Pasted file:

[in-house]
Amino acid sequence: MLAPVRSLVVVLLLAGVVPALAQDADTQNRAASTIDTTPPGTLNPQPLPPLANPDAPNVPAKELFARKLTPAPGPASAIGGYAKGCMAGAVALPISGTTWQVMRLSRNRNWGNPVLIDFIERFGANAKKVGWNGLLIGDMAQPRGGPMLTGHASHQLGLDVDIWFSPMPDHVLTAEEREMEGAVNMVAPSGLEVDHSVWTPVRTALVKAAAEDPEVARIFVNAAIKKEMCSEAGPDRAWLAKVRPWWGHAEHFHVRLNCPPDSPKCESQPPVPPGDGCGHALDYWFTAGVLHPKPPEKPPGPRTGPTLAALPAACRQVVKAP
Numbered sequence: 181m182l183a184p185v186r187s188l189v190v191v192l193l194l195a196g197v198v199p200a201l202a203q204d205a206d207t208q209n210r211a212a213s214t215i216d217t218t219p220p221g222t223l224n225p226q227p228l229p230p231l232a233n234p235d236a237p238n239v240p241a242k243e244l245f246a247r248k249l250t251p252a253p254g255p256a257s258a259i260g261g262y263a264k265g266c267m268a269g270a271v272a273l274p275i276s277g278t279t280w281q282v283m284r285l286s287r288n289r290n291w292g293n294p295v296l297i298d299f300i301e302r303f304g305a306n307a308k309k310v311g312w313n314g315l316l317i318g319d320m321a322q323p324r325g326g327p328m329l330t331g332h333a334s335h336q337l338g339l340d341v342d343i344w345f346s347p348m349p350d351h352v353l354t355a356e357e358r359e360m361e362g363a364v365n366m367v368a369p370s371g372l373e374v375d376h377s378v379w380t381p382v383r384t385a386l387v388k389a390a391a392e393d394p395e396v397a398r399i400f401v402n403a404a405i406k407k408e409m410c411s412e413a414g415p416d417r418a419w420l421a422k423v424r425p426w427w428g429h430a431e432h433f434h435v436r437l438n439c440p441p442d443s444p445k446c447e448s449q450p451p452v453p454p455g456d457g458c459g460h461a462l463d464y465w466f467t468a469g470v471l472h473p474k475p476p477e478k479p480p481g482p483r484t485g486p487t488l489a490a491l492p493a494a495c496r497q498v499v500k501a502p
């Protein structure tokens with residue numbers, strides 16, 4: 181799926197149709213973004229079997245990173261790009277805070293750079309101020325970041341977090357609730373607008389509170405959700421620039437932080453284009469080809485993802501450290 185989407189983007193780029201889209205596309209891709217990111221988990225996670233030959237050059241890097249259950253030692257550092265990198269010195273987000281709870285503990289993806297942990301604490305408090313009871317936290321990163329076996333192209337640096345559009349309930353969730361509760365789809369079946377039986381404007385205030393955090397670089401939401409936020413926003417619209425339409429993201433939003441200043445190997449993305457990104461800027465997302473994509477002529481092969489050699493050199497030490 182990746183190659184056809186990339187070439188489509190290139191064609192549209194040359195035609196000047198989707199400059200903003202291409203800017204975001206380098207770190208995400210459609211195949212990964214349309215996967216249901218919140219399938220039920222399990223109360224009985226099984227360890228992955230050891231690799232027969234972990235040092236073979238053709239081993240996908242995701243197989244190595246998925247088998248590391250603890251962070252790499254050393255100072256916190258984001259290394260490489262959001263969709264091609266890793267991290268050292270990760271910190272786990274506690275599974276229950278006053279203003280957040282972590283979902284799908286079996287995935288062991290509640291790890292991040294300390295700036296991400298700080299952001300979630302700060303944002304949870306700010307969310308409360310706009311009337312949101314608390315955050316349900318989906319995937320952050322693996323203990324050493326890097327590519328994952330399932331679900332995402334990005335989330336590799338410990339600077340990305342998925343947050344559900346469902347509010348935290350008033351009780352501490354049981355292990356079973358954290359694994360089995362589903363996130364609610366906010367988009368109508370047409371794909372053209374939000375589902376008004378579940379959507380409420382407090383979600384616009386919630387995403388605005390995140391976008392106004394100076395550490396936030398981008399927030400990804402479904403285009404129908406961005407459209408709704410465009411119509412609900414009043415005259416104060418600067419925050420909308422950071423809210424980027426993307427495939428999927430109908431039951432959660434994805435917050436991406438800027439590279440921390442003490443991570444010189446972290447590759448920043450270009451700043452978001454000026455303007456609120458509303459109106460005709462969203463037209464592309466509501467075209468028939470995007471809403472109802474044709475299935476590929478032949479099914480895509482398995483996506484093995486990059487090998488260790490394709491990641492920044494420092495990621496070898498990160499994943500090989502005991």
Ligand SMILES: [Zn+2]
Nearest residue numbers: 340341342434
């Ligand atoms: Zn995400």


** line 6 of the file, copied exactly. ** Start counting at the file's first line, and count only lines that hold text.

Nearest residue numbers: 340341342434